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      Reversing hard won victories in the name of human rights: a critique of the General Comment on Article 12 of the UN Convention on the Rights of Persons with Disabilities.

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          Abstract

          The UN Convention on the Rights of Persons with Disabilities (CRPD) is a major milestone in safeguarding the rights of persons with disabilities. However, the General Comment on Article 12 of the CRPD threatens to undermine critical rights for persons with mental disabilities, including the enjoyment of the highest attainable standard of health, access to justice, the right to liberty, and the right to life. Stigma and discrimination might also increase. Much hinges on the Committee on the Rights of Persons with Disabilities' view that all persons have legal capacity at all times irrespective of mental status, and hence involuntary admission and treatment, substitute decision-making, and diversion from the criminal justice system are deemed indefensible. The General Comment requires urgent consideration with the full participation of practitioners and a broad range of user and family groups.

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          Author and article information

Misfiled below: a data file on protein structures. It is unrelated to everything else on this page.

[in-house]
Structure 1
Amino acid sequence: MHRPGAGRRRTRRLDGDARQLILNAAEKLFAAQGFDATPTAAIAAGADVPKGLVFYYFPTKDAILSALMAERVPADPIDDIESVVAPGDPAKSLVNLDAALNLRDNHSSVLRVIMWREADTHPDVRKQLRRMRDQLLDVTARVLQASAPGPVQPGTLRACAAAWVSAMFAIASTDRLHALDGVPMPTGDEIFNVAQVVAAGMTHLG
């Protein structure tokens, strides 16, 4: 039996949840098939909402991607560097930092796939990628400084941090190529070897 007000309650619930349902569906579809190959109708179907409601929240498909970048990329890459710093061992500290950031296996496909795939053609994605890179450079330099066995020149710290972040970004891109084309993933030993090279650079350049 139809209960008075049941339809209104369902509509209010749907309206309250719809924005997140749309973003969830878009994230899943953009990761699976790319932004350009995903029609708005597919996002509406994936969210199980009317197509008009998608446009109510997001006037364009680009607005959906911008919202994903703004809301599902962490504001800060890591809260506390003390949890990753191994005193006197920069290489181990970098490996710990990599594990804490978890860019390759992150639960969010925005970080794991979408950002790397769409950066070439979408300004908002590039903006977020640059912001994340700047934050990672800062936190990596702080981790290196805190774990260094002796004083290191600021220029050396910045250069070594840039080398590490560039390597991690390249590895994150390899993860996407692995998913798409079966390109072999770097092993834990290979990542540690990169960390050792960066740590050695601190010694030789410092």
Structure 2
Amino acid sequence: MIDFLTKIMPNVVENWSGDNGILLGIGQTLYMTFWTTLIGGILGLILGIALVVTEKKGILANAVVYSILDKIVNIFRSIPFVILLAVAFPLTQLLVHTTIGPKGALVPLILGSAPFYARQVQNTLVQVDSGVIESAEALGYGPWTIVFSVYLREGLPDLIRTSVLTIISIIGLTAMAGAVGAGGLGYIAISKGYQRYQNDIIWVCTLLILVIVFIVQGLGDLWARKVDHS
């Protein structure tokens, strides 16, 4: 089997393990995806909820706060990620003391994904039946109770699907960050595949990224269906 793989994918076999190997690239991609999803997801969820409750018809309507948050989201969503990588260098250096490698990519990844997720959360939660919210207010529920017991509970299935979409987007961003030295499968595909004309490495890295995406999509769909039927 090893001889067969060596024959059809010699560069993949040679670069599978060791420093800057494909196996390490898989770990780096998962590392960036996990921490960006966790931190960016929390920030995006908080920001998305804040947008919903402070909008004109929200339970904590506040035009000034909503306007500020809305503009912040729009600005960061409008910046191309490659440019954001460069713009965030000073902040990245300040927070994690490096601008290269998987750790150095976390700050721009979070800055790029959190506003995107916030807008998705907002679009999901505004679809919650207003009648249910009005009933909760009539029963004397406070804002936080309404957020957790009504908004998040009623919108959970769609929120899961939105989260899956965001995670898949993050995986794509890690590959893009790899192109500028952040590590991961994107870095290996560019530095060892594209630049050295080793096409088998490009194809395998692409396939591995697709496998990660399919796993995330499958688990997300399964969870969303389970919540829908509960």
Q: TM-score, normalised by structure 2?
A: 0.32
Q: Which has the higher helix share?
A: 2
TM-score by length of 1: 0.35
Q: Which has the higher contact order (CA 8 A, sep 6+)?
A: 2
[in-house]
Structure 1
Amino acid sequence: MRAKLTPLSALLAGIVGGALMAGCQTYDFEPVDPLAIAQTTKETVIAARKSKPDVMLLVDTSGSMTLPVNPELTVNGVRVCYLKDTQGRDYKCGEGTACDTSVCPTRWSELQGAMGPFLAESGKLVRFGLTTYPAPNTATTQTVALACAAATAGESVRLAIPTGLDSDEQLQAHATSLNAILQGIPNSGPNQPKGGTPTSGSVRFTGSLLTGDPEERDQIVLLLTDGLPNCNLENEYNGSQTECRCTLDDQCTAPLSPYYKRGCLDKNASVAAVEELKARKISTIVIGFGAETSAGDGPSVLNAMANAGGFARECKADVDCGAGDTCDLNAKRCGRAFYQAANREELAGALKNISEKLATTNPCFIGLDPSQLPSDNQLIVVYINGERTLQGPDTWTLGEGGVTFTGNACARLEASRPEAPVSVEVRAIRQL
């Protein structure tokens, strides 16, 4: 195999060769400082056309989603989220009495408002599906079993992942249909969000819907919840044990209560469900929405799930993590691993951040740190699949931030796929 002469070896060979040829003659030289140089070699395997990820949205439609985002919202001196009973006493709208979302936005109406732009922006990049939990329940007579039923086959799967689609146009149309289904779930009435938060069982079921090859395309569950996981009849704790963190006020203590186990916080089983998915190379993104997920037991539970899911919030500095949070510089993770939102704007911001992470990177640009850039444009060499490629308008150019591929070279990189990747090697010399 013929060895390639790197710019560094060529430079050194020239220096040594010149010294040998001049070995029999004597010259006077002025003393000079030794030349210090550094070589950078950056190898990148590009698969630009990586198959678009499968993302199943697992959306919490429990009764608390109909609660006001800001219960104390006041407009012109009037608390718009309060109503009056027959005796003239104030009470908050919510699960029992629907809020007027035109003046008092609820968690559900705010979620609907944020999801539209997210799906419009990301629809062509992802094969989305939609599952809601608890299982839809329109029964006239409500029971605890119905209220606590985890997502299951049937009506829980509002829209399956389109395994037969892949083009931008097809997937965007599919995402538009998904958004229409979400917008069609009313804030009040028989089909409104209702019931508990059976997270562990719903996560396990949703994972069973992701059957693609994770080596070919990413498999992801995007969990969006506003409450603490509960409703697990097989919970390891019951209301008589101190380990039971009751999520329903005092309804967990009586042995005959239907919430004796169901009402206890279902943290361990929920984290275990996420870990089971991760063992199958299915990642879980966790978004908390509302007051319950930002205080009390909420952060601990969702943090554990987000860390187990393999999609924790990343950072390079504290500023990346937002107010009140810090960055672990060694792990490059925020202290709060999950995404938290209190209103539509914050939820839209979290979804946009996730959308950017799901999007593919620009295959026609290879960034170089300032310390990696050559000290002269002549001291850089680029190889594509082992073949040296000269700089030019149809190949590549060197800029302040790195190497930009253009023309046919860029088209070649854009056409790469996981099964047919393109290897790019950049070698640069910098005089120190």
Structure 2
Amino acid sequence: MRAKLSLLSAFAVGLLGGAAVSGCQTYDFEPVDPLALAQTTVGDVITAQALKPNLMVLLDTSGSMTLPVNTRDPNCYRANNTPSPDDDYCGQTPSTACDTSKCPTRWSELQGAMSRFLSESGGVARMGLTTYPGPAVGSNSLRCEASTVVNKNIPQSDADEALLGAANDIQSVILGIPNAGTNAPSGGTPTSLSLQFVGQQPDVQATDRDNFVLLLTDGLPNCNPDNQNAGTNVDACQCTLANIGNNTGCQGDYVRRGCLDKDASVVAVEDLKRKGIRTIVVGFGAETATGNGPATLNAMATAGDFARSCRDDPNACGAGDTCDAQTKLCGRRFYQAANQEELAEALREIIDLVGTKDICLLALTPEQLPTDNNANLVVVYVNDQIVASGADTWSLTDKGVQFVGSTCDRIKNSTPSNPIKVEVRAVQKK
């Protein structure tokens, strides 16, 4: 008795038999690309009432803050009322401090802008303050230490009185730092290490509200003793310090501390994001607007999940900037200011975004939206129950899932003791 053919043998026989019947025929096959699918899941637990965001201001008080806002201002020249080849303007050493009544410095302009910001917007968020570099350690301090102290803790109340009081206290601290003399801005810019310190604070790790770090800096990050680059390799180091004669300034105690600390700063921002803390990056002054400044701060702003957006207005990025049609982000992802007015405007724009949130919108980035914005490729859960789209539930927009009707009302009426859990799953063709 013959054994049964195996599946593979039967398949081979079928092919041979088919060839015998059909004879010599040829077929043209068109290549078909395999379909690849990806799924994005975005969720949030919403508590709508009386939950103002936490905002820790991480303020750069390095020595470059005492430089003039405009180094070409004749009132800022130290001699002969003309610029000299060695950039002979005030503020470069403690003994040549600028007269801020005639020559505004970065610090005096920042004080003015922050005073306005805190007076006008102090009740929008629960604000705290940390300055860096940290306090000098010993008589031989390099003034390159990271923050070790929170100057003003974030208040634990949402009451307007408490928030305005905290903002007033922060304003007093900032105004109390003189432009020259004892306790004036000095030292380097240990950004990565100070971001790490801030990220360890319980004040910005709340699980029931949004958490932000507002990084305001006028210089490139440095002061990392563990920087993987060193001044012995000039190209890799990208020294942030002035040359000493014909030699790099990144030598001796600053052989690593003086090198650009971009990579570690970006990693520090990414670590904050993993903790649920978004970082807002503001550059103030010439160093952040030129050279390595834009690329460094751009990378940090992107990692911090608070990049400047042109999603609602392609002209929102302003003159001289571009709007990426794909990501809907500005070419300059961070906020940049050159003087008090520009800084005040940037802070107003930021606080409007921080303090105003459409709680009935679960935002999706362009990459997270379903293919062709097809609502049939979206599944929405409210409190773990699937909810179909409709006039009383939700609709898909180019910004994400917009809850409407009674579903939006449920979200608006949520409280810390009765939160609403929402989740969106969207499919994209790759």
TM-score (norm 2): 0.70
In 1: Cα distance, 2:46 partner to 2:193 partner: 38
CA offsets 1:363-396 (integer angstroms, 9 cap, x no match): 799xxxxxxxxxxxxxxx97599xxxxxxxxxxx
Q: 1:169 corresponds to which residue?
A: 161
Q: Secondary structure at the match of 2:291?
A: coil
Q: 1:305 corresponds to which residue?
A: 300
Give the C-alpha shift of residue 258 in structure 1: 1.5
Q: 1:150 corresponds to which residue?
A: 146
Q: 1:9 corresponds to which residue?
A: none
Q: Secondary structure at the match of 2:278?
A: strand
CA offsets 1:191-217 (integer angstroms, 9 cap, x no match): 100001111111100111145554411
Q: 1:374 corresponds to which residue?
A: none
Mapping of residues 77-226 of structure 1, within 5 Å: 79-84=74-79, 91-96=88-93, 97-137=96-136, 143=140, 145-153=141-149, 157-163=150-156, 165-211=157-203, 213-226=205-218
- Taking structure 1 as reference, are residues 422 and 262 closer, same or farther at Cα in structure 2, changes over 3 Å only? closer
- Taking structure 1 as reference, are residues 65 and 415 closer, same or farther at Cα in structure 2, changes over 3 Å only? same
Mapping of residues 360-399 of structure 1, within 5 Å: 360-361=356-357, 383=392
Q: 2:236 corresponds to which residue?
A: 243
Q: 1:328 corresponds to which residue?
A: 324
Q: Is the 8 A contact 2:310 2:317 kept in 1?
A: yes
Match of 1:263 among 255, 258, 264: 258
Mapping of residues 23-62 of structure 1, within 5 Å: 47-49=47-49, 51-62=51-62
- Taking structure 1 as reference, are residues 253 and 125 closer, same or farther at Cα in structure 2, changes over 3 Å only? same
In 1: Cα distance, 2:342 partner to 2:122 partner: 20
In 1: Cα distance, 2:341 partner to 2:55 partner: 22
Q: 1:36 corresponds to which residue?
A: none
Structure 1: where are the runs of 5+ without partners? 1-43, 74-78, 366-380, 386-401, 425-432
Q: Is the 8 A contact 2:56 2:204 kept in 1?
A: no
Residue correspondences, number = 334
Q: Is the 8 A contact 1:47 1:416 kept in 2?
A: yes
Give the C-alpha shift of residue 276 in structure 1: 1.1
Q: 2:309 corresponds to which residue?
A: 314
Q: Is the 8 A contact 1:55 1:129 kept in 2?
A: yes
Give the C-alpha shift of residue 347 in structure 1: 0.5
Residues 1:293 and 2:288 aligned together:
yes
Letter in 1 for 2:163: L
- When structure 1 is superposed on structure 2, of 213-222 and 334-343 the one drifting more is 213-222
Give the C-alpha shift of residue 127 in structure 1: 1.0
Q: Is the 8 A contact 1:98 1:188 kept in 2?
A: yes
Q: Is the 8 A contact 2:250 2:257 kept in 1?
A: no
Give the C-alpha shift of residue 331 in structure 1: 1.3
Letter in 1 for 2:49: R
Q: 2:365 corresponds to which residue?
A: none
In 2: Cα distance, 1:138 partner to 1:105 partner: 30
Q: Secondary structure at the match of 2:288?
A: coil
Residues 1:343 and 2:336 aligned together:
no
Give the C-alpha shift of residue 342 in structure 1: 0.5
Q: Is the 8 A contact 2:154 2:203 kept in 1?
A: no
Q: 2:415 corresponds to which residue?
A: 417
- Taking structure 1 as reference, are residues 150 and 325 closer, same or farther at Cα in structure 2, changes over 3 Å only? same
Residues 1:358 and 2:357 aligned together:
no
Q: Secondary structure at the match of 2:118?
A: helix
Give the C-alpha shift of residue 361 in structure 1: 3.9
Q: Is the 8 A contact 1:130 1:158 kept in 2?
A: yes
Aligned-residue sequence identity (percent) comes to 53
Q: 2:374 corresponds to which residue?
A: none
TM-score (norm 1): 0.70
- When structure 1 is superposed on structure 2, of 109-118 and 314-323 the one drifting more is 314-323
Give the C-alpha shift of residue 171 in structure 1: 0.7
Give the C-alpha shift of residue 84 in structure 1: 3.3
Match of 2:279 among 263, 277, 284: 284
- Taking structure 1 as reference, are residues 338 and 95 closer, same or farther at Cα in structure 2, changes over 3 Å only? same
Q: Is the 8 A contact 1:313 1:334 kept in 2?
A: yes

Journal
          Lancet Psychiatry
          The lancet. Psychiatry
          2215-0374
          2215-0366
          Sep 2015
          : 2
          : 9
          Affiliations
          [1 ] National Department of Health, Pretoria, South Africa; University of the Witwatersrand, Johannesburg, South Africa. Electronic address: Freemm@health.gov.za.
          [2 ] Massachusetts General Hospital, Boston, MA, USA.
          [3 ] Faculdade de Ciências Médicas, Universidade Nova de Lisboa, Lisbon, Portugal.
          [4 ] Harvard Medical School, Harvard University, Boston, MA, USA.
          [5 ] Ilia State University, Tbilisi, Georgia.
          [6 ] National Department of Health, Pretoria, South Africa.
          [7 ] Centre for Global Mental Health, Institute of Psychiatry, Psychology and Neuroscience, Kings College London, London, UK.
          Article
          S2215-0366(15)00218-7
          10.1016/S2215-0366(15)00218-7
          26236004
          144bc21c-cc8f-4287-a216-e731041f6143
          Copyright © 2015 Elsevier Ltd. All rights reserved.
          History

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